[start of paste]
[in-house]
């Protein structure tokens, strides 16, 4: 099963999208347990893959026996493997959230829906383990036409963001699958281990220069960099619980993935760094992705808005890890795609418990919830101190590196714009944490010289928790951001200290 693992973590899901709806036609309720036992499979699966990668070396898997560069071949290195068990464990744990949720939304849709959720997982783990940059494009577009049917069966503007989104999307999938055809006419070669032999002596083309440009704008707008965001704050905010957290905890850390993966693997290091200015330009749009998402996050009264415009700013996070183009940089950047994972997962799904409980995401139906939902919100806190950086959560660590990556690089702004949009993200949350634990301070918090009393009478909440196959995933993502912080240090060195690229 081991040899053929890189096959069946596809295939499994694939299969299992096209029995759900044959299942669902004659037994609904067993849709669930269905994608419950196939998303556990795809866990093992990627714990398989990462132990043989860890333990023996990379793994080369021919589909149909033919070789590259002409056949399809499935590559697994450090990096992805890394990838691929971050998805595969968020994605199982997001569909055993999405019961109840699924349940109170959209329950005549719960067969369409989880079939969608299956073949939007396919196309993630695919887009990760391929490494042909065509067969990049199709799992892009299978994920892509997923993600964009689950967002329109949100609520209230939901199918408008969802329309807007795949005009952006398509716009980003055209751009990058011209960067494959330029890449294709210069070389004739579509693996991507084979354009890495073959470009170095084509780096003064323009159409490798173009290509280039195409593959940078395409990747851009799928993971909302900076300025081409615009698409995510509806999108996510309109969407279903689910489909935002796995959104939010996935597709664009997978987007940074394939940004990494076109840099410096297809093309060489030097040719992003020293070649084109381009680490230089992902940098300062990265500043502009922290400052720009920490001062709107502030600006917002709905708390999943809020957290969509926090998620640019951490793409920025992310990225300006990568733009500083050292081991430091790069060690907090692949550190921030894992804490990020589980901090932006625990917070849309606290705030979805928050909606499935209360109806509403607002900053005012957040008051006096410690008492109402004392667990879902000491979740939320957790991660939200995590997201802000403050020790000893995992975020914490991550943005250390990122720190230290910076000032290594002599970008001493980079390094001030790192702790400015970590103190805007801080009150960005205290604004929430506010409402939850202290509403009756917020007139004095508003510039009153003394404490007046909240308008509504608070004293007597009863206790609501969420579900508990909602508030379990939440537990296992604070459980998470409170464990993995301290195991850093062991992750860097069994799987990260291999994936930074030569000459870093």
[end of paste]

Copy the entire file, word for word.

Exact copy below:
[in-house]
């Protein structure tokens, strides 16, 4: 099963999208347990893959026996493997959230829906383990036409963001699958281990220069960099619980993935760094992705808005890890795609418990919830101190590196714009944490010289928790951001200290 693992973590899901709806036609309720036992499979699966990668070396898997560069071949290195068990464990744990949720939304849709959720997982783990940059494009577009049917069966503007989104999307999938055809006419070669032999002596083309440009704008707008965001704050905010957290905890850390993966693997290091200015330009749009998402996050009264415009700013996070183009940089950047994972997962799904409980995401139906939902919100806190950086959560660590990556690089702004949009993200949350634990301070918090009393009478909440196959995933993502912080240090060195690229 081991040899053929890189096959069946596809295939499994694939299969299992096209029995759900044959299942669902004659037994609904067993849709669930269905994608419950196939998303556990795809866990093992990627714990398989990462132990043989860890333990023996990379793994080369021919589909149909033919070789590259002409056949399809499935590559697994450090990096992805890394990838691929971050998805595969968020994605199982997001569909055993999405019961109840699924349940109170959209329950005549719960067969369409989880079939969608299956073949939007396919196309993630695919887009990760391929490494042909065509067969990049199709799992892009299978994920892509997923993600964009689950967002329109949100609520209230939901199918408008969802329309807007795949005009952006398509716009980003055209751009990058011209960067494959330029890449294709210069070389004739579509693996991507084979354009890495073959470009170095084509780096003064323009159409490798173009290509280039195409593959940078395409990747851009799928993971909302900076300025081409615009698409995510509806999108996510309109969407279903689910489909935002796995959104939010996935597709664009997978987007940074394939940004990494076109840099410096297809093309060489030097040719992003020293070649084109381009680490230089992902940098300062990265500043502009922290400052720009920490001062709107502030600006917002709905708390999943809020957290969509926090998620640019951490793409920025992310990225300006990568733009500083050292081991430091790069060690907090692949550190921030894992804490990020589980901090932006625990917070849309606290705030979805928050909606499935209360109806509403607002900053005012957040008051006096410690008492109402004392667990879902000491979740939320957790991660939200995590997201802000403050020790000893995992975020914490991550943005250390990122720190230290910076000032290594002599970008001493980079390094001030790192702790400015970590103190805007801080009150960005205290604004929430506010409402939850202290509403009756917020007139004095508003510039009153003394404490007046909240308008509504608070004293007597009863206790609501969420579900508990909602508030379990939440537990296992604070459980998470409170464990993995301290195991850093062991992750860097069994799987990260291999994936930074030569000459870093």